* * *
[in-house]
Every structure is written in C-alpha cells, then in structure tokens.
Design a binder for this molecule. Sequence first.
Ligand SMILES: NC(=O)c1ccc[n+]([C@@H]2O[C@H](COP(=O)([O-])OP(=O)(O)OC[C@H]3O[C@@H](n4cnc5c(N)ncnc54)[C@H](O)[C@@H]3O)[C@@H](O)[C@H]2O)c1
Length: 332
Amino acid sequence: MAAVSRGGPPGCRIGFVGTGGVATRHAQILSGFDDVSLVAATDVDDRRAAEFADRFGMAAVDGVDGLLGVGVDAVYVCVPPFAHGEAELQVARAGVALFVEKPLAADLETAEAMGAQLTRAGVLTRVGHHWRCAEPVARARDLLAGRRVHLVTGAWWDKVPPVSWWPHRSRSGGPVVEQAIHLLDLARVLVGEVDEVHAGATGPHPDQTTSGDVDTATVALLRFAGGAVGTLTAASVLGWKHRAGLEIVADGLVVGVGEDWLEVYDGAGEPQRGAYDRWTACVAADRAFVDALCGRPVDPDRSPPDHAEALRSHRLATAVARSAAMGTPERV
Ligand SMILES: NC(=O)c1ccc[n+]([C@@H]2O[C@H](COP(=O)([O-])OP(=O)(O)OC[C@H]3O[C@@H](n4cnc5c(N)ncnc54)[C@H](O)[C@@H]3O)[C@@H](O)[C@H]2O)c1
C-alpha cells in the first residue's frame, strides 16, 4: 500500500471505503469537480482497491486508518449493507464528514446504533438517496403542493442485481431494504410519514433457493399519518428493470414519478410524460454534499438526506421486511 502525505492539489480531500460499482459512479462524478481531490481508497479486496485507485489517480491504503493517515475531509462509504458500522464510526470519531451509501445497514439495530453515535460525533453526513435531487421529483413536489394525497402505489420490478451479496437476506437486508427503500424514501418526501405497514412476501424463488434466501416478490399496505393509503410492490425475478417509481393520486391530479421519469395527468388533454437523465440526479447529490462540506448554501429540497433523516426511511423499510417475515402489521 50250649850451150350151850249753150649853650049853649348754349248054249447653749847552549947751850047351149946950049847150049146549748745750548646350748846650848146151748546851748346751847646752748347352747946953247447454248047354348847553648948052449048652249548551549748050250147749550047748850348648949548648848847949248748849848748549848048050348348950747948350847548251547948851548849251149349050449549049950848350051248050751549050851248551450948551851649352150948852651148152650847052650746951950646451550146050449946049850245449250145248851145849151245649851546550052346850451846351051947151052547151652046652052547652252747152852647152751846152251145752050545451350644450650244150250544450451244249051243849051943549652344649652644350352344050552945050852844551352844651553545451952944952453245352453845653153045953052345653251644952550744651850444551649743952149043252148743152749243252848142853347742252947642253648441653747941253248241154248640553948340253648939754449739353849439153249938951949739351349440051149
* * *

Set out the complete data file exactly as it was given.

[in-house]
Every structure is written in C-alpha cells, then in structure tokens.
Design a binder for this molecule. Sequence first.
Ligand SMILES: NC(=O)c1ccc[n+]([C@@H]2O[C@H](COP(=O)([O-])OP(=O)(O)OC[C@H]3O[C@@H](n4cnc5c(N)ncnc54)[C@H](O)[C@@H]3O)[C@@H](O)[C@H]2O)c1
Length: 332
Amino acid sequence: MAAVSRGGPPGCRIGFVGTGGVATRHAQILSGFDDVSLVAATDVDDRRAAEFADRFGMAAVDGVDGLLGVGVDAVYVCVPPFAHGEAELQVARAGVALFVEKPLAADLETAEAMGAQLTRAGVLTRVGHHWRCAEPVARARDLLAGRRVHLVTGAWWDKVPPVSWWPHRSRSGGPVVEQAIHLLDLARVLVGEVDEVHAGATGPHPDQTTSGDVDTATVALLRFAGGAVGTLTAASVLGWKHRAGLEIVADGLVVGVGEDWLEVYDGAGEPQRGAYDRWTACVAADRAFVDALCGRPVDPDRSPPDHAEALRSHRLATAVARSAAMGTPERV
Ligand SMILES: NC(=O)c1ccc[n+]([C@@H]2O[C@H](COP(=O)([O-])OP(=O)(O)OC[C@H]3O[C@@H](n4cnc5c(N)ncnc54)[C@H](O)[C@@H]3O)[C@@H](O)[C@H]2O)c1
C-alpha cells in the first residue's frame, strides 16, 4: 500500500471505503469537480482497491486508518449493507464528514446504533438517496403542493442485481431494504410519514433457493399519518428493470414519478410524460454534499438526506421486511 502525505492539489480531500460499482459512479462524478481531490481508497479486496485507485489517480491504503493517515475531509462509504458500522464510526470519531451509501445497514439495530453515535460525533453526513435531487421529483413536489394525497402505489420490478451479496437476506437486508427503500424514501418526501405497514412476501424463488434466501416478490399496505393509503410492490425475478417509481393520486391530479421519469395527468388533454437523465440526479447529490462540506448554501429540497433523516426511511423499510417475515402489521 50250649850451150350151850249753150649853650049853649348754349248054249447653749847552549947751850047351149946950049847150049146549748745750548646350748846650848146151748546851748346751847646752748347352747946953247447454248047354348847553648948052449048652249548551549748050250147749550047748850348648949548648848847949248748849848748549848048050348348950747948350847548251547948851548849251149349050449549049950848350051248050751549050851248551450948551851649352150948852651148152650847052650746951950646451550146050449946049850245449250145248851145849151245649851546550052346850451846351051947151052547151652046652052547652252747152852647152751846152251145752050545451350644450650244150250544450451244249051243849051943549652344649652644350352344050552945050852844551352844651553545451952944952453245352453845653153045953052345653251644952550744651850444551649743952149043252148743152749243252848142853347742252947642253648441653747941253248241154248640553948340253648939754449739353849439153249938951949739351349440051149